Help Your Family With UGMA and UTMA Accounts
UGMA and UTMA accounts are called the granddaddies of college savings accounts — but they're good for other purposes too. UGMA is the Uniform Gift to Minors Act and UTMA is the Uniform Transfer to Minors Act. They're custodial accounts used to hold and protect assets for minors until they reach the age of majority in their state. They are both managed by custodians, but differ in the kinds of investments they can contain. Both are available for irrevocable gifts from parents, grandparents, relatives and friends, at any amount.
These accounts work in many ways like trusts, without the expenses and difficulties of setting them up.
Based on the child's age, a certain amount of the investment income will go untaxed, while portions may be taxed at the child's or parents' rate. Tax benefits are per child, not per account, however, so there is no benefit to creating multiple accounts to game the system.
The tax advantage to a donor can be a double-edged sword: A donor may be able to reduce income taxes by gifting income-producing assets to a child, who is likely to be in a lower tax bracket. If a parent, acting as custodian, dies before the funds are turned over to the child, the account may be taxable as part of your donor's estate.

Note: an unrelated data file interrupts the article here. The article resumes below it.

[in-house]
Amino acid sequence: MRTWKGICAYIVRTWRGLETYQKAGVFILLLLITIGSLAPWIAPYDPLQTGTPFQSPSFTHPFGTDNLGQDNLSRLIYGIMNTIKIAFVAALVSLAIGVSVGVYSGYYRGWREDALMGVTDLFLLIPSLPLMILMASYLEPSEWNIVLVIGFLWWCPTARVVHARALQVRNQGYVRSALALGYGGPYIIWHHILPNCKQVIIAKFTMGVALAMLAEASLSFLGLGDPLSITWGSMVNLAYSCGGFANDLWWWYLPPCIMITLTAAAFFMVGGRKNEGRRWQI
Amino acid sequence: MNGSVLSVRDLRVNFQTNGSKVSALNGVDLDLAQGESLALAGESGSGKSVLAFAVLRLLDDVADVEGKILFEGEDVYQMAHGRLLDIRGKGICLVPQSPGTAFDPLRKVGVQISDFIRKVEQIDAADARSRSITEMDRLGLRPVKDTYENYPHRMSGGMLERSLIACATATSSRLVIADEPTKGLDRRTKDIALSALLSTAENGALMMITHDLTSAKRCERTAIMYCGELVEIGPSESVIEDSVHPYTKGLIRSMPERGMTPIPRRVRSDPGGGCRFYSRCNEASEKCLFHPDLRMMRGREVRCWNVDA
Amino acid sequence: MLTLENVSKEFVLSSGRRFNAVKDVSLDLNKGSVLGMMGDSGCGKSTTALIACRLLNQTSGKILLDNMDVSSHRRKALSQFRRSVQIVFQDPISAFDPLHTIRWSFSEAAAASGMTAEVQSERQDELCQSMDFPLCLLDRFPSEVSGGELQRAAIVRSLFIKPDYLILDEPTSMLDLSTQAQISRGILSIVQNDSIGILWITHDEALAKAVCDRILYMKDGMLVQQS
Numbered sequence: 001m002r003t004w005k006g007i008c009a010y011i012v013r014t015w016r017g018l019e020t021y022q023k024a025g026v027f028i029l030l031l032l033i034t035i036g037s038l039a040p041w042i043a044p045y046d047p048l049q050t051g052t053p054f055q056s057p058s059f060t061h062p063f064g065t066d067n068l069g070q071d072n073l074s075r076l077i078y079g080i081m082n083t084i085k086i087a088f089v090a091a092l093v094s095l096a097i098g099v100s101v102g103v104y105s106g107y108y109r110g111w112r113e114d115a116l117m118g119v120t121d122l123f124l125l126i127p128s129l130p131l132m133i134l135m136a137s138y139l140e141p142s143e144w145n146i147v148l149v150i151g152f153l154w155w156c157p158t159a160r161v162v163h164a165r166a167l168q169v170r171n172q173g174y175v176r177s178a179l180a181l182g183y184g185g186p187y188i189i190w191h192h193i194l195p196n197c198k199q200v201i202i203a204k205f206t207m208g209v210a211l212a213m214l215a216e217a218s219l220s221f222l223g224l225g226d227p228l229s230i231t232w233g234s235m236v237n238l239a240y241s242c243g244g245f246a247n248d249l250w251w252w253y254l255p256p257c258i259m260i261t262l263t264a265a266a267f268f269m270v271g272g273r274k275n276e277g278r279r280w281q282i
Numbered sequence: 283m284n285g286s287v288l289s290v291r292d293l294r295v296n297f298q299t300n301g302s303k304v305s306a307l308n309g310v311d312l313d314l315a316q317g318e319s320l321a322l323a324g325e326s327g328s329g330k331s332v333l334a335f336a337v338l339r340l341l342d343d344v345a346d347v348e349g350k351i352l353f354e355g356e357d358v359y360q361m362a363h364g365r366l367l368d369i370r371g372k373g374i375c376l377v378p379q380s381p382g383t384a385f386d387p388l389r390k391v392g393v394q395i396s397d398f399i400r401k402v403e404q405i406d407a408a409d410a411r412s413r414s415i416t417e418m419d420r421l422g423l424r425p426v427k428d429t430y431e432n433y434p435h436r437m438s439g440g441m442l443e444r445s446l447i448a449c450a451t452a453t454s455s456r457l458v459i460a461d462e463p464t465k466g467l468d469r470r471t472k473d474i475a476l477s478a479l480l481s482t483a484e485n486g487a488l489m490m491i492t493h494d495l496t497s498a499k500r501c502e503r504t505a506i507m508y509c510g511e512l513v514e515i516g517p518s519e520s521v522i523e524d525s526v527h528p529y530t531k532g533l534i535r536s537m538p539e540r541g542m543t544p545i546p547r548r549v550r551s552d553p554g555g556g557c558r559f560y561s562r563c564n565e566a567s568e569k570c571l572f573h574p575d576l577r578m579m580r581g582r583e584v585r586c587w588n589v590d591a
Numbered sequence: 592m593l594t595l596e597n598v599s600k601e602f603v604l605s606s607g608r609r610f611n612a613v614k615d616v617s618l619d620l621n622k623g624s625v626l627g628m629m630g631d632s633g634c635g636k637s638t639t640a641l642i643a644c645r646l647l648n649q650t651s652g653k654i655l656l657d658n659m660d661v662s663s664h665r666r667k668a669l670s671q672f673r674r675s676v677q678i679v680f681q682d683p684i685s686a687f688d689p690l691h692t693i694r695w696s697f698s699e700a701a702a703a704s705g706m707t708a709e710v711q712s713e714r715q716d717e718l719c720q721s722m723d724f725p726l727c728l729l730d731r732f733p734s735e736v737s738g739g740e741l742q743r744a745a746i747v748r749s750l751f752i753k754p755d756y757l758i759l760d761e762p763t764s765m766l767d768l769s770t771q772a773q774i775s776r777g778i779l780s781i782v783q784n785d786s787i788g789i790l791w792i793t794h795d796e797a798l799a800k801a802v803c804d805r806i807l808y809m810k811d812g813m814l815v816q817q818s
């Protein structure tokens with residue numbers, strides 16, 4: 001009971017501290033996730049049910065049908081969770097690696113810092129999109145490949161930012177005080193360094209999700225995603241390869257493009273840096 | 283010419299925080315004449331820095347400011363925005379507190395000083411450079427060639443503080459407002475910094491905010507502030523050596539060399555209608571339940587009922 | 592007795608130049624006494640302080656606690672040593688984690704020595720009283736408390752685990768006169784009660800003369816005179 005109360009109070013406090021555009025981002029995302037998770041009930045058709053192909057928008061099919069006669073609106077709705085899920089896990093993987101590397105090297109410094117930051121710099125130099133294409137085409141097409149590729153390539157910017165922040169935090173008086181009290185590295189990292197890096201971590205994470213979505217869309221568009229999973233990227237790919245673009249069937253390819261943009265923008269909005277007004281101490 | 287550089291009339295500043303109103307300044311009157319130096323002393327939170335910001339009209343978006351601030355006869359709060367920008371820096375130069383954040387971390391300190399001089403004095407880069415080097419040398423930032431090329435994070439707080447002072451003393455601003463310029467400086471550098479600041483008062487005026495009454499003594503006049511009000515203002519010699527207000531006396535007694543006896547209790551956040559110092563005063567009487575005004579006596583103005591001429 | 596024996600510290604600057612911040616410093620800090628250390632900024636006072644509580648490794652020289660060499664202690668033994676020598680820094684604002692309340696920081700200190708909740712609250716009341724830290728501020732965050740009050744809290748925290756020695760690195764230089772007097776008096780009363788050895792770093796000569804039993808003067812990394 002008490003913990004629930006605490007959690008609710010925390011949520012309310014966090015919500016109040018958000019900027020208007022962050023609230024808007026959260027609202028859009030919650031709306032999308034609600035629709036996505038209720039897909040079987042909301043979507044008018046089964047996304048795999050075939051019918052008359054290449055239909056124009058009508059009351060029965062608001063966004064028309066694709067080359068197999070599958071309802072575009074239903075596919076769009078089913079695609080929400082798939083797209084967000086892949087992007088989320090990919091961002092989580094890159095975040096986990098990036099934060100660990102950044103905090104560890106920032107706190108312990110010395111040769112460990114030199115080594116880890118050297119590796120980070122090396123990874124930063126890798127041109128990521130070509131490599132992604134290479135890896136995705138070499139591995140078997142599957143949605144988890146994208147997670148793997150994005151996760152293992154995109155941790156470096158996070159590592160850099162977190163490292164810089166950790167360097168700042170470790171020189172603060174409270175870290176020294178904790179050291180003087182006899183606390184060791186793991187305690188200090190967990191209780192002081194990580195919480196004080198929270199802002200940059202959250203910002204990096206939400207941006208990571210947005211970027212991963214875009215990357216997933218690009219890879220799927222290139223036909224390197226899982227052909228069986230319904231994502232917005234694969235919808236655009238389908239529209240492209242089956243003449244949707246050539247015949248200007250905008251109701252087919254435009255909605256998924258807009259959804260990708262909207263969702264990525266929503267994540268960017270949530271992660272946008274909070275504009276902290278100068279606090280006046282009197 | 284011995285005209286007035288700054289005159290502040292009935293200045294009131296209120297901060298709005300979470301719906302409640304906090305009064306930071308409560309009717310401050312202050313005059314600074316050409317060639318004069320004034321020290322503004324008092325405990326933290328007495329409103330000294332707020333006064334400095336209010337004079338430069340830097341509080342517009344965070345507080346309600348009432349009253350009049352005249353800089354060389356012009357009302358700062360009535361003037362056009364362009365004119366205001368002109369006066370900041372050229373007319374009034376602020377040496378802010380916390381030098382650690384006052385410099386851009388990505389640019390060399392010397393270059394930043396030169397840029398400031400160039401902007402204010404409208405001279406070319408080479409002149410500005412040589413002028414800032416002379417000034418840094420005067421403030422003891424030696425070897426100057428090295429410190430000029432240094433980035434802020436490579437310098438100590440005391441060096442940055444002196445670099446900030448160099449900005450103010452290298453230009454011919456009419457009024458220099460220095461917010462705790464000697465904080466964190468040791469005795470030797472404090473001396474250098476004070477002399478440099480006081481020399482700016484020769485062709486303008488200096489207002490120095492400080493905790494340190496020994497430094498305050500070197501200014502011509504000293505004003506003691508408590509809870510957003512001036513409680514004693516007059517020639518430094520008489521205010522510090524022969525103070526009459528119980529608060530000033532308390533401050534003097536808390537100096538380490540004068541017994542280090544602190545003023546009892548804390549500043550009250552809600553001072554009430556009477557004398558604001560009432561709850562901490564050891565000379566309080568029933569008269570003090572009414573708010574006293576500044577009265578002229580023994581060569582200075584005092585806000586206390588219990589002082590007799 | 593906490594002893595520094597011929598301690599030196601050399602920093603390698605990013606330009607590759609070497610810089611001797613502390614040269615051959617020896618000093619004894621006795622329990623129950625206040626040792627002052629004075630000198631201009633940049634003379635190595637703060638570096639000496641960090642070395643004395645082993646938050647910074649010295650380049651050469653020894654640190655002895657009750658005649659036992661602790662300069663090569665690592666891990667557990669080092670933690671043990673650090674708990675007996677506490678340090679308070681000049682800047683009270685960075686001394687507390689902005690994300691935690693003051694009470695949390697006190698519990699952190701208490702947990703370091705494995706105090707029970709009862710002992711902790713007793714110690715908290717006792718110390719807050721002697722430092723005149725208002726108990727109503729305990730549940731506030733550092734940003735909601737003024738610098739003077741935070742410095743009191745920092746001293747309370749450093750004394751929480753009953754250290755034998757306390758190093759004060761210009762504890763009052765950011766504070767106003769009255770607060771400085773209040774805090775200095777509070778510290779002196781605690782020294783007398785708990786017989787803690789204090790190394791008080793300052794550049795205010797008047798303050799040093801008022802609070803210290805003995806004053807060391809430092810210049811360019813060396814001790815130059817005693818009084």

A custodian may authorize withdrawals for a range of purposes. However, the custodian must hand over control of the assets to the child when he or she turns 18 to 21, depending on the state. The child may use the money for college, but doesn't have to. This differs from 529 plans, which are limited to higher education.
However, there's an advantage over 529 plans in that there is no limit to how much money may be put into a UGMA/UTMA account. Still, there may be gift tax and estate tax exclusion issues, so it's wise for high-net-worth families in particular to consult a financial professional.
Students who do use the UGMA/UTMA funds for college need to know that these funds are their assets, and thus may be counted against financial aid. It is expected that about 20 percent of the assets will be used to fund a student's education in any given year.
Those who are considering UGMA/UTMA funds for college should also know that although unused funds in 529 plans can be held for graduate school or transferred to a sibling, this is not possible with UGMA/UTMA. Funds not used for the child must be turned over when he or she reaches majority — the age may vary.
This is just an introduction to a complex topic. Deciding what mix of UGMA/UTMA, 529 plans and trusts are right in your situation can be difficult. Talk with a financial professional about which kinds of savings vehicles are right for you.